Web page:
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Showing posts from 2017

‘Trouble in Mind’ – a review of a timeless US play

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Alice Childress’ play ‘Trouble in Mind’ is the ultimate conundrum for those of us who face racial discrimination and are forced to navigate the sometimes uncertain road of being black in a white world.
Do we laugh at the unfunny jokes sometimes made at our expense just to fit in and get by? Do we grit our teeth when the unsolicited gaze on our black bodies lingers way too long? What about when that unwanted hand rests lecherously on our knee with intentions to wander and we do nothing because we need this job to pay the bills? Or do we speak our minds regardless of the consequences, knowing that our hopes and dreams may fade and we will be that solitary but brave/foolish figure speaking out.
Directed by Laurence Boswell, this version of a Childress play reflects that internal struggle in the mind. But it also shows the external trouble that voicing these feelings can also cause through an arresting exploration of identity, power and ambition - set against a backdrop of racial stereoty…

Perspectives on mental health - your stories

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The 10th of October is World Mental Health Day and as part of the day, I wanted to share some of the mental health challenges people in our communities have told me over the years.

Podcast:
Mental health and poetry - one man's story

I start with a frank interview with aspiring poet Tetteh-Kwesi who lives with dyspraxia and undiagnosed psychosis. He talks about how he has had to grapple with understanding his conditions, navigating manhood, relationships and how he has been received by the NHS and the police. He talks about his love of poetry and how writing poems has helped his to navigate this often challenging world. Click here to listen to his story.


Blog:
Misdiagnosis and mental health - one mother's journey

In this piece, mum-of-two Jayne talks about her journey to discover why her perfect daughter Ann-Marie was initially misdiagnosed by the health authorities.

She also talks about her faith, determination and the foresight of a Ghanaian doctor resulted in a positive outcom…

(3) Africa 53: Neocolonialism, homosexuality and Africa

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Imagine the stories, the knowledge and the political, economic and social oversight you would have if – like lawyer and journalist Dr Feyi Ogunade – you had travelled to 53 African countries?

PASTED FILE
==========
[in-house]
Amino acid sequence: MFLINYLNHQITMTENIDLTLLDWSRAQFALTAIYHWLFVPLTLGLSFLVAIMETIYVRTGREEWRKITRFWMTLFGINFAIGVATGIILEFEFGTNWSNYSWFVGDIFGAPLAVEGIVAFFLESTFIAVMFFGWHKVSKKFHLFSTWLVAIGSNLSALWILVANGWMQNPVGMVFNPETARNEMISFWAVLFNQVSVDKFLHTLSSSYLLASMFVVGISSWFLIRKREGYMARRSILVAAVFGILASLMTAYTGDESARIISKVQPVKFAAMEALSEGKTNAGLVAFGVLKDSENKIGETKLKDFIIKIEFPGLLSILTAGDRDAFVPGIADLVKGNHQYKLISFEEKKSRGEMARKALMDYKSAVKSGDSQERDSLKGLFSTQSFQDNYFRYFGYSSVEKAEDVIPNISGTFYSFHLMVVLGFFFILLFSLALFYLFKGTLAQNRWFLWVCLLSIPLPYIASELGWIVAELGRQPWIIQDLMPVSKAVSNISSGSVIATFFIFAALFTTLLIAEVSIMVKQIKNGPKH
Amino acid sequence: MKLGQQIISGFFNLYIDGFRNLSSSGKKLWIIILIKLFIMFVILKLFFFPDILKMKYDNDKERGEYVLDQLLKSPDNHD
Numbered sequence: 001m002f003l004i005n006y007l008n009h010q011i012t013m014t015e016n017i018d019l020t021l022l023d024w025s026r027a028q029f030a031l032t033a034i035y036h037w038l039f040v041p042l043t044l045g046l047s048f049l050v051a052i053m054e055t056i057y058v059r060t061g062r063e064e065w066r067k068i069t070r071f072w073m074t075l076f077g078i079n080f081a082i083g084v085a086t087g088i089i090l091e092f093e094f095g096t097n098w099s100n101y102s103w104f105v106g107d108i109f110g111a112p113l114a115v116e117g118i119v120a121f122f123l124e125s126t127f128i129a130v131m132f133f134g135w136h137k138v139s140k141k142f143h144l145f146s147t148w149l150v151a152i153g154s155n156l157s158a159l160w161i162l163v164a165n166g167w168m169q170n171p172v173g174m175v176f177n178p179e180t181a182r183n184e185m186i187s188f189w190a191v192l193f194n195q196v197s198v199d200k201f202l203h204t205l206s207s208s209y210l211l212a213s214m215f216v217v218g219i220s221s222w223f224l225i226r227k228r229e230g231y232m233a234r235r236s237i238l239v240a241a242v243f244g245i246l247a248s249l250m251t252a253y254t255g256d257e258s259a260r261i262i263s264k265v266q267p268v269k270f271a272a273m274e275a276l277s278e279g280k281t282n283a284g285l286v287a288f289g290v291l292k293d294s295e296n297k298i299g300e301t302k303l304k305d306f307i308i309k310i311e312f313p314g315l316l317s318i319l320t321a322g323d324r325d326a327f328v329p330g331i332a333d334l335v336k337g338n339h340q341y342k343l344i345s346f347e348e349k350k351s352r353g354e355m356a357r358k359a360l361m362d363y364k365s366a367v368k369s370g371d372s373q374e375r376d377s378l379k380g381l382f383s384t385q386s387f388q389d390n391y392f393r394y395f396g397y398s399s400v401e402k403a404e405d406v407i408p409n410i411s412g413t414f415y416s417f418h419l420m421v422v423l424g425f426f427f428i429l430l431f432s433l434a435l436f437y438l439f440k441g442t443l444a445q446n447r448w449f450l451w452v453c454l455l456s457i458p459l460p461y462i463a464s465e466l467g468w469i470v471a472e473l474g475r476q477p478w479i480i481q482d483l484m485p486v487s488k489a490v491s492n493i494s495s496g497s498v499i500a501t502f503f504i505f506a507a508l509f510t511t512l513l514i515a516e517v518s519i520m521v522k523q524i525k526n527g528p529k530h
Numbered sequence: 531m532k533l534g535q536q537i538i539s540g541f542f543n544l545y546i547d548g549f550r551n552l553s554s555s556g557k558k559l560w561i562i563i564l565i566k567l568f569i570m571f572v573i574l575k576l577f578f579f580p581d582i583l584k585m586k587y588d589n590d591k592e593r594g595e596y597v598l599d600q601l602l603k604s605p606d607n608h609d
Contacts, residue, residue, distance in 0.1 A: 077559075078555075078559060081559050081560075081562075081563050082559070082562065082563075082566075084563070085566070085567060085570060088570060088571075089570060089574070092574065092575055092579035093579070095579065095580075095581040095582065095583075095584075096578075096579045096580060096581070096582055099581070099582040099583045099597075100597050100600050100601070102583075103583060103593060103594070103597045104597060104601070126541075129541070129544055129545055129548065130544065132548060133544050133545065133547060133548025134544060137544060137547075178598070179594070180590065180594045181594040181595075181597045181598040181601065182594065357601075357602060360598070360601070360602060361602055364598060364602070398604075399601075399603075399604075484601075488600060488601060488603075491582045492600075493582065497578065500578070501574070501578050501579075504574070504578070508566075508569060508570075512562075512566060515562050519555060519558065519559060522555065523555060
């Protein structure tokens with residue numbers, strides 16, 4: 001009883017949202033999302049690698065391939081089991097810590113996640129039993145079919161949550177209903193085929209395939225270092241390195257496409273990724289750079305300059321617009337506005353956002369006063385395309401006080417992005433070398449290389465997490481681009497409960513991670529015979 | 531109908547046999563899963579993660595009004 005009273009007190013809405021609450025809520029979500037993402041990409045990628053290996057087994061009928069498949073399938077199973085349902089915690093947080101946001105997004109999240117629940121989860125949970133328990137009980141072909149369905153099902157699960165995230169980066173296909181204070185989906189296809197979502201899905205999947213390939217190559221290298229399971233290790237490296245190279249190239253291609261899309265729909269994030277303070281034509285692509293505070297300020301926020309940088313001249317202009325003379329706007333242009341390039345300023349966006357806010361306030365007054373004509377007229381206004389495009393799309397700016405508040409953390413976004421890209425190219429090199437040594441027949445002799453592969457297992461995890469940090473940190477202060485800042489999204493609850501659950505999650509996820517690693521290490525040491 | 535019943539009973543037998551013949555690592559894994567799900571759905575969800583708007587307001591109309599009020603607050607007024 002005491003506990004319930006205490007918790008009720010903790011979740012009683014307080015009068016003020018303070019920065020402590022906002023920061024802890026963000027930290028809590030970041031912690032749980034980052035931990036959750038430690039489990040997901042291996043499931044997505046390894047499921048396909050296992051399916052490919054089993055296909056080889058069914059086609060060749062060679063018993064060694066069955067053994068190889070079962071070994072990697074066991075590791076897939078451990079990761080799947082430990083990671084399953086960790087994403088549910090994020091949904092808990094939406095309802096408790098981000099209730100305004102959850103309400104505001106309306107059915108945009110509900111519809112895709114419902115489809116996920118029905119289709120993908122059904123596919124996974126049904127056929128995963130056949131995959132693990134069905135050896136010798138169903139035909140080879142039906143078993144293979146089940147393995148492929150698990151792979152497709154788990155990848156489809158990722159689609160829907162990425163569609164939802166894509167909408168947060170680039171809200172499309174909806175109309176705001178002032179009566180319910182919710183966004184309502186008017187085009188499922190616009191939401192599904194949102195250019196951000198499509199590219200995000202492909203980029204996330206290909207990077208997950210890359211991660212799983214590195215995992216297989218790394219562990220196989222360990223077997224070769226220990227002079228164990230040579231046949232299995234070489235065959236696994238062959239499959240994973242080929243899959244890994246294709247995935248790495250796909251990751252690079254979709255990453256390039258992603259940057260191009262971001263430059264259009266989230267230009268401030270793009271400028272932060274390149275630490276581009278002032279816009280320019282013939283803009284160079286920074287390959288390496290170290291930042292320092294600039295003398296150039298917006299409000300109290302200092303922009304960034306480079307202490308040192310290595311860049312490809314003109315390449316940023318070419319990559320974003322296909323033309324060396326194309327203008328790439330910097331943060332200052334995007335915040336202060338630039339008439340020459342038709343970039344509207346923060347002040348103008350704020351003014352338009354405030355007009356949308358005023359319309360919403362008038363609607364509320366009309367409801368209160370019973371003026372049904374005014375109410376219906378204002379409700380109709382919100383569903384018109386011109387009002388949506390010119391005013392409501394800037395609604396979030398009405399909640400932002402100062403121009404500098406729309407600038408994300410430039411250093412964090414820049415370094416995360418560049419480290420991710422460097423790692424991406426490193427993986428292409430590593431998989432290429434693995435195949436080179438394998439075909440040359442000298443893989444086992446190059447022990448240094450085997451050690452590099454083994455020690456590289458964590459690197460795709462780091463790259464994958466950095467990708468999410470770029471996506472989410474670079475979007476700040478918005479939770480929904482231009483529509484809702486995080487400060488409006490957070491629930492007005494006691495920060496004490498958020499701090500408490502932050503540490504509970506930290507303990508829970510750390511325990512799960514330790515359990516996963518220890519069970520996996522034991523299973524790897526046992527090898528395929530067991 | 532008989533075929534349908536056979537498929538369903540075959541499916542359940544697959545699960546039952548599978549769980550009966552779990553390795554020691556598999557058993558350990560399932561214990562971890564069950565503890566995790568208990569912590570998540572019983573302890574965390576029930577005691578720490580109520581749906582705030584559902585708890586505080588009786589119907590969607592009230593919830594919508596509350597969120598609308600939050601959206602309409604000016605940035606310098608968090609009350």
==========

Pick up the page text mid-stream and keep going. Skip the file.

Dr Ogunade’s travels across the continent have been largely due to him working for the African Union. During his travels he has fought for the rights of Black Mauritanians to remain in their country after the government ordered their expulsion in the late 80s. 
He is now working to develop a watchdog body that aims to monitor and ensure the African Union delivers on its set objectives.
I spoke to him to learn more about his experiences, which has been broken down into three podcasts. In the final and third podcast instalment here, Dr Ogunade talks about the rise of Asian investment across Africa, the controversial topic of homosexuality and its place on the continent and his future business plans.
You can catch up on the previous two podcasts below. The first episode features Dr Ogunade who talks ab…

(2) Africa 53: Could we have a United States of Africa?

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...And do North Africans identify more with the Middle East or Africa? These are just some of the questions lawyer and journalist Dr Feyi Ogunade fielded in this podcast. Dr Ogunade has managed to visit all but one of the African countries on the continent. His visits have largely been linked to his work with the African Union.

This podcast is the second in three installments and charts his experiences of visiting 53 African countries.

The music featured in this podcast is called 'Di Asempa' and comes from Atakora Manu & His Sound Engineers.

For the first podcast, click: 
Exploring the continent’s diversity
For more posts like this, click Vlog: Azania - exploring cultural unity across ancient Africa
And What is the capital of Africa

All comments are welcome on this page. If you are having trouble posting on the Google+ page, please share your views via Facebook here, tweet @MisBeee or on Instagram @misbeee

Please be aware that you may not reproduce, republish, modify or comme…

(1) Africa 53: Exploring the continent's diversity

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Too many times, I have heard the African continent described as a country with one homogeneous ethnic group. Considering that the continent is 30.4 million square metres (m2) in size, dwarfing Russia at 17.1m2, according to Nature America, and easily swallows up China, India, the US and most of Europe, isn't it about time her true might is reflected properly? I recently met a man who, through his work and in his spare time, has visited 53 of the 54 countries recognised by the African Union. It may have taken him 25 years but his experiences have helped to give him a more balanced appreciation of the continent, her people and the politics. In the first of three podcast instalments here, lawyer and journalist Dr Feyi Ogunade talks candidly about nation building and corruption and tells us some of his favourite cuisines and destinations. This podcast is based on questions from MisBeee Writes readers. Music in this podcast is called 'Di Asempa' and comes from Atakora Manu & H…

Brixton exhibition to showcase life of Ewe Royal in papers

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It is not everyday that you come across papers that give you some indication about your heritage and family history. This happened to one East London family that can trace their ancestry to a Ghanaian royal from the Ewe nation.

Ewe Fia  - Togbui Adamah II reigned from 1915 to 1963 - and thanks to a collection of official and personal letters and papers written by him and addressed to him, we know much more.

These papers - known as the Adamah Papers - were found by a family member and eventually donated to the Black Cultural Archives (BCA) in Brixton, London.

This is likely to be the first time such a find has been discovered in this way, and provide great insight into what life was like during a time when present-day Ghana was under British colonial rule. These papers give us rare insight into what life was like for Fia Togubui Adamah II, the people he ruled and his intersection with neighbouring kings and the British.

Check out my interview with Natalie Fiawoo who is project managin…

Vlog: British-Nigerian author's books set for February 2018 revamp